Michael Schumacher overtakes Alonso 2010 Monaco Grand Prix
Michael Schumacher might be the most successful driver on Monaco, but from this weekend he would be getting another tag of probably being the most unlucky/controversial driver at the Monaco circuit. Fresh on the heels of the controversy that the British media generated about the 2006 Monaco Grand Prix incident.
In the latest incident Michael Schumacher was punished with a 20 seconds penalty which threw him out of the points for illegally overtaking Fernando Alonso. The point of contention here is if he was allowed to overtake Alonso when the safety car went in. The article 40.13 states :
If the race ends whilst the safety car is deployed it will enter the pit lane at the end of the last lap and the cars will take the chequered flag as normal without overtaking.
But the article should not be valid here as the race monitors said Safety car in this lap.
The rules state if the race ends under the safety car period, the order will remain the same, however Michael Schumacher and Mercedes GP contend that since an all clear was given to race the overtaking move on Fernando Alonso was legal and legitimate.
FIA Stewards José Abed (FIA Vice President), Dr. Christian Calmes (a representative of the Automobile Club de Monaco), Paul Gutjahr announced the verdict alongwith Damon Hill. The text was :
The appeal went to the stewards where Michael Schumacher’s old foe Damon Hill was the driver’s representative. A large number of press sources are blaming Hill for the verdict. Also British press sources are very happy about the penalty, totally ignoring another incident that happened in the race, Rubens Barrichello after retiring threw his steering wheel onto the track, but no action was taken.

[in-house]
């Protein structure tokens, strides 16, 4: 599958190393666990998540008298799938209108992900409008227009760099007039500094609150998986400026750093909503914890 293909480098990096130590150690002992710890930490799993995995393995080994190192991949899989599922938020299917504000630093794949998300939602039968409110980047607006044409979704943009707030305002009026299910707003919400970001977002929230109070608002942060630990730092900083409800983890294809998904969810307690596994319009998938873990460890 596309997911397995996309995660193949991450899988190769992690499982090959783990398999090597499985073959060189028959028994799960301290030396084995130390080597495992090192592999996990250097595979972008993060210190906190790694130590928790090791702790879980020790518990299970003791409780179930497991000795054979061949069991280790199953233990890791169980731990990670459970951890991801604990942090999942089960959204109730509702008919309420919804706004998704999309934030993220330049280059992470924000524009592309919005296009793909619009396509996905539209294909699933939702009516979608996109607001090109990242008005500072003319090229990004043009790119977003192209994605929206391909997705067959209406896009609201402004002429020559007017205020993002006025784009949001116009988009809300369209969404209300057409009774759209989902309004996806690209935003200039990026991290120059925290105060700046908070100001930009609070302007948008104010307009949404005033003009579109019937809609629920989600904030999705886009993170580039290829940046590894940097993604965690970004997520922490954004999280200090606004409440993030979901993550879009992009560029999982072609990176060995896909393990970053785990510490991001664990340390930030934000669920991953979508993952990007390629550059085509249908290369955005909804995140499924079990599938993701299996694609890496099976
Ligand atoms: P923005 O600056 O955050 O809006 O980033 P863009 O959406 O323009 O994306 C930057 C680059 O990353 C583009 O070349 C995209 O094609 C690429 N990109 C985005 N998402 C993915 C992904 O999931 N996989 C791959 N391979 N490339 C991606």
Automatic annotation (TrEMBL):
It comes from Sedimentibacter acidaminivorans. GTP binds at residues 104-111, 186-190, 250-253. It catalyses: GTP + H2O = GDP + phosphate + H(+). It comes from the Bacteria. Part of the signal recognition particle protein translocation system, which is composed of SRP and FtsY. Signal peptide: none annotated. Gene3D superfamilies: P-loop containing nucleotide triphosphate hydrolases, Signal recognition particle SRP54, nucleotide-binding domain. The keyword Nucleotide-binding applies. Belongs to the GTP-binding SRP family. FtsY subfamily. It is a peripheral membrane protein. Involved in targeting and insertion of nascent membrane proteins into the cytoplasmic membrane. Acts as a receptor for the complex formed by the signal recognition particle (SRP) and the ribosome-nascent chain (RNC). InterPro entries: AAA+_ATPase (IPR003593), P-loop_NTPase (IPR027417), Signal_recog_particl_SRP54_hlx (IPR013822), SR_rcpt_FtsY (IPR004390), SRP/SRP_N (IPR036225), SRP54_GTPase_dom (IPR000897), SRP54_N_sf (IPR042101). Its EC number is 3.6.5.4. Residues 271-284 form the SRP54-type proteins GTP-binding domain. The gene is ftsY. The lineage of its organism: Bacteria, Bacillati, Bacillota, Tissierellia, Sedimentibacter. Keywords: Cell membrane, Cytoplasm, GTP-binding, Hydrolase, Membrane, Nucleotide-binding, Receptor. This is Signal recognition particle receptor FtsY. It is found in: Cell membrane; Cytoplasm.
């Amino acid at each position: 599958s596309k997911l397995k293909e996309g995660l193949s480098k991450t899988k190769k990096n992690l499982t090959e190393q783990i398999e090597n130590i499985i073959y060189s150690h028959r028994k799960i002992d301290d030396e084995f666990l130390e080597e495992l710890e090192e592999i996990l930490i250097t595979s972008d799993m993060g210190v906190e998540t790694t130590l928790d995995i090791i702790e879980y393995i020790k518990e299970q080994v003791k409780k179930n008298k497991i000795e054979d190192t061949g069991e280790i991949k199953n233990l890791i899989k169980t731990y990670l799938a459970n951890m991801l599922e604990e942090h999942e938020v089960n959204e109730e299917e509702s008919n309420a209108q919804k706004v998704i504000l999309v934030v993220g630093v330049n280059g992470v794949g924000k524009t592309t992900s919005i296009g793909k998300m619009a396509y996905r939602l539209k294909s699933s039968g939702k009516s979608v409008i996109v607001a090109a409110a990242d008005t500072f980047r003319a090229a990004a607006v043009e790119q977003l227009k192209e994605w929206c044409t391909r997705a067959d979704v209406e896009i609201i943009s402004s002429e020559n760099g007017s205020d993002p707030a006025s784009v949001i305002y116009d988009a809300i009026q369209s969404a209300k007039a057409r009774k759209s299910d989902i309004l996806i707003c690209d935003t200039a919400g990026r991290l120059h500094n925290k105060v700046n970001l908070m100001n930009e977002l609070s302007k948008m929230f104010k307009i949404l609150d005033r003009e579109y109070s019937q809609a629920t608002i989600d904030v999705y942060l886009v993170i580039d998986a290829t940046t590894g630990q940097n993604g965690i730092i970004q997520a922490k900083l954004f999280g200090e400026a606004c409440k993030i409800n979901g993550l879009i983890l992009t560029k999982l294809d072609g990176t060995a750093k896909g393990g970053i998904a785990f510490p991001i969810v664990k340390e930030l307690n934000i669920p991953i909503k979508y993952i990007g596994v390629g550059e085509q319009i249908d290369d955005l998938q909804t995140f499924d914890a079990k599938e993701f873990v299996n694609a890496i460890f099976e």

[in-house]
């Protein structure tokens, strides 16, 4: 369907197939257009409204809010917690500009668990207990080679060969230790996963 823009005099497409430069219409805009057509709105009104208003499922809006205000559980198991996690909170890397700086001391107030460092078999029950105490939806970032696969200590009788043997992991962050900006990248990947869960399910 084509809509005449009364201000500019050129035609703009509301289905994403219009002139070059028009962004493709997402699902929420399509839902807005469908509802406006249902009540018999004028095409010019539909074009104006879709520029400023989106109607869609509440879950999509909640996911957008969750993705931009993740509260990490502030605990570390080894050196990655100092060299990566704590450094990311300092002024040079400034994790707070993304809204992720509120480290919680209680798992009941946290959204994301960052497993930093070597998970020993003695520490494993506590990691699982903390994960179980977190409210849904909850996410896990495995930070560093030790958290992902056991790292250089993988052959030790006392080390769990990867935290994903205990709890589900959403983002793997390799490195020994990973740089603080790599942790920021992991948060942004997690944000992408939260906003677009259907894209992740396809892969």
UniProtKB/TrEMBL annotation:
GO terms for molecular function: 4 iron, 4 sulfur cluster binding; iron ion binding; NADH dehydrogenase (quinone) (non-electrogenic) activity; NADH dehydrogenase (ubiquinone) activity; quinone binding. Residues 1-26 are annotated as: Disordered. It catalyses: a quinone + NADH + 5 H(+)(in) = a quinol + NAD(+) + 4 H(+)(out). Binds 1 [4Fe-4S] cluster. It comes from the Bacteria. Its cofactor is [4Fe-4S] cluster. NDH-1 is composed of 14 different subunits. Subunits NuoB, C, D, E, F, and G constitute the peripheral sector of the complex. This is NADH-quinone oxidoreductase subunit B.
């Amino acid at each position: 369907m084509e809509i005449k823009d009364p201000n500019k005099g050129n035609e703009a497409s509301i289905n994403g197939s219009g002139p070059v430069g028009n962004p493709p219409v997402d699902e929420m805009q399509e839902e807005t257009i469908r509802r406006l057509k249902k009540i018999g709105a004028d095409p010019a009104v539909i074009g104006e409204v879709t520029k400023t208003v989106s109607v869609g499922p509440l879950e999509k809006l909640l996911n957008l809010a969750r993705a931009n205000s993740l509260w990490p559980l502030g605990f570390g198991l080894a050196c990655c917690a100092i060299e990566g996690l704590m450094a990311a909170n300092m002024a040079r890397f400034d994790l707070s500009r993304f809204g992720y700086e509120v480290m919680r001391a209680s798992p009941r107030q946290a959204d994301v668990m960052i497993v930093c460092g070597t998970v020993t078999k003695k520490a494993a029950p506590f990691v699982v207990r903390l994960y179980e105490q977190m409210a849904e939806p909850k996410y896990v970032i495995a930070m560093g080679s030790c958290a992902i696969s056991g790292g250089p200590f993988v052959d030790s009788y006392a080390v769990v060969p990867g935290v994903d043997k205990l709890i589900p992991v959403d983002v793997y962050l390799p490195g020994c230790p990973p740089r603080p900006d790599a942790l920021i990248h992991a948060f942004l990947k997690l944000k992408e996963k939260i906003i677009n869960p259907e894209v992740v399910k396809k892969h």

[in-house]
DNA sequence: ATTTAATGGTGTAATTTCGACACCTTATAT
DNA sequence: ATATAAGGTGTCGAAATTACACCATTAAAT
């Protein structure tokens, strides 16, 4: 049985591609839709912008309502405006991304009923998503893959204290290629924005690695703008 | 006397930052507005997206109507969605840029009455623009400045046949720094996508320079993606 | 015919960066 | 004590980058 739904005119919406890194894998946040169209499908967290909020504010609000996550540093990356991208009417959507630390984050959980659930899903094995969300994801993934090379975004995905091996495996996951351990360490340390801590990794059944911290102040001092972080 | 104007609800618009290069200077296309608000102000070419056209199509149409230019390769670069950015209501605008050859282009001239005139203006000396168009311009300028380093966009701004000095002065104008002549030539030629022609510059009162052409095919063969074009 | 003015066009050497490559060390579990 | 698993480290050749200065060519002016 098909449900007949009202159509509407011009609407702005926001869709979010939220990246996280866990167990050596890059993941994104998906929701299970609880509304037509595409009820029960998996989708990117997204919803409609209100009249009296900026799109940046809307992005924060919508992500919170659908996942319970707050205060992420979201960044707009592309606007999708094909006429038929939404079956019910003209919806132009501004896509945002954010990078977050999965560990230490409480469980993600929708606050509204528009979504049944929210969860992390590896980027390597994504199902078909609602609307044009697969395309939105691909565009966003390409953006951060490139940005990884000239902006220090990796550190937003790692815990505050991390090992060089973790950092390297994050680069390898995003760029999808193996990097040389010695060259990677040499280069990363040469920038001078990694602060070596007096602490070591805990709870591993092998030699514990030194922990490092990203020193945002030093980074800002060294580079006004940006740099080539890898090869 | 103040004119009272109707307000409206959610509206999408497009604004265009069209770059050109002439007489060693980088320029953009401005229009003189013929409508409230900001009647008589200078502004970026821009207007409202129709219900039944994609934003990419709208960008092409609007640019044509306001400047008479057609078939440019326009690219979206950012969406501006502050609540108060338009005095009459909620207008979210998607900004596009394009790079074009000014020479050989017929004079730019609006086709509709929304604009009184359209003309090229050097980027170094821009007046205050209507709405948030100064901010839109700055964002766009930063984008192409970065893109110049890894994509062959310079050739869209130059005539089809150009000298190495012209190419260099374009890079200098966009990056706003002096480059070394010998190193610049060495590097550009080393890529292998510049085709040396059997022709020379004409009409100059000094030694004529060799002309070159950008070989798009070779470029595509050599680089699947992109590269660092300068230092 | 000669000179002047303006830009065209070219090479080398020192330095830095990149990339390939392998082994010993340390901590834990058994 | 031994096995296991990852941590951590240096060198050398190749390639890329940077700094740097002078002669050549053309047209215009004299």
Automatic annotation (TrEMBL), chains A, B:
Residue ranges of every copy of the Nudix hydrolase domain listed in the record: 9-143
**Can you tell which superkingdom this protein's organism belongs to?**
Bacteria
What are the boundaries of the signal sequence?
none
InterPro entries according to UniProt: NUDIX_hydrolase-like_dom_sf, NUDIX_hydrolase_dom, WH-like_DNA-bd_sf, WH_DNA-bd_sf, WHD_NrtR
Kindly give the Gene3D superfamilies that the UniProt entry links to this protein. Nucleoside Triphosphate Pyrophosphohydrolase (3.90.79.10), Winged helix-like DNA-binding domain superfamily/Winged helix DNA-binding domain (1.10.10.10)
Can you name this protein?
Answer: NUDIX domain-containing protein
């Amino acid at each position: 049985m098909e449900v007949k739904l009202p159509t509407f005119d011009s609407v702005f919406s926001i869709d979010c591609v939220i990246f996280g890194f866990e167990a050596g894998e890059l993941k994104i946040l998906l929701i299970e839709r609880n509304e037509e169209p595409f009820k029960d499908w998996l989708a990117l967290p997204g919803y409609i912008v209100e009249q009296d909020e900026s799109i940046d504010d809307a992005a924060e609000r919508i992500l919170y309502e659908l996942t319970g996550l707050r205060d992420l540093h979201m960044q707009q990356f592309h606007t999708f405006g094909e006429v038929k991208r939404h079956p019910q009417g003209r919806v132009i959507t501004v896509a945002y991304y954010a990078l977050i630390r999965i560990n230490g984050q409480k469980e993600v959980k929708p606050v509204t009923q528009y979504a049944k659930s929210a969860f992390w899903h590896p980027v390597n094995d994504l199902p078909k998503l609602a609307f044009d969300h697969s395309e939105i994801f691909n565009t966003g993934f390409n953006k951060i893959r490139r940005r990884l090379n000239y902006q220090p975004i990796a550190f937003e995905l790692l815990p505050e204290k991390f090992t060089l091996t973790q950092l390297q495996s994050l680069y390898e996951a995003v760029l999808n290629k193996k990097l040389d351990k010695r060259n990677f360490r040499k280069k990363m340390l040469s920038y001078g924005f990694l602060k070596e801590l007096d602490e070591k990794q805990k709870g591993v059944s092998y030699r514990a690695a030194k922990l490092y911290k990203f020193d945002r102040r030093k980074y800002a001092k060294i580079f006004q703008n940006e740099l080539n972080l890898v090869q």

Schumacher in his defence said :
“The message was ‘safety car in, track clear,’ if that’s given then its racing,” said Schumacher.
Damon Hill meanwhile defended himself and was quoted as saying :
“Believe me my only concern was that the right thing was done.
“But there was a wry smile from Michael. Slightly ironic you could say.” said Damon Hill
Ross Brawn also came in defence of his driver Schumacher and was able to demonstrate dissimilar endings at Melbourne. He also mentions the marshalls had waved green flags, a symbol for normal racing to resume.
“We believed that the track had gone green and the race was not finishing under a safety car when article 40.13 clearly would have applied,” said Brawn. “The reason for the safety car had been removed, the FIA had announced ‘Safety Car in this lap’ early on lap 78 and the track had been declared clear by race control.
This was further endorsed when the marshals showed green flags and lights after safety car line one. On previous occasions when it has been necessary to complete a race under a safety car, full course yellows are maintained, as in Melbourne 2009.
On the last lap, we therefore advised our drivers that they should race to the line and Michael made his move on Fernando for sixth place. We have appealed the decision of the stewards.”
In a video he explains that at 15:51 – Safety car coming in was flashed
15:52 – Track Clear was flashed
15:53 – Chequered flag
The appeal looks very promising as the race doesn’t appear to have finished under the safety car as track clear was flashed before chequered flag.
The result of the appeal will be announced by the FIA court of appeals and the result of Monaco Grand Prix is at the moment provisional.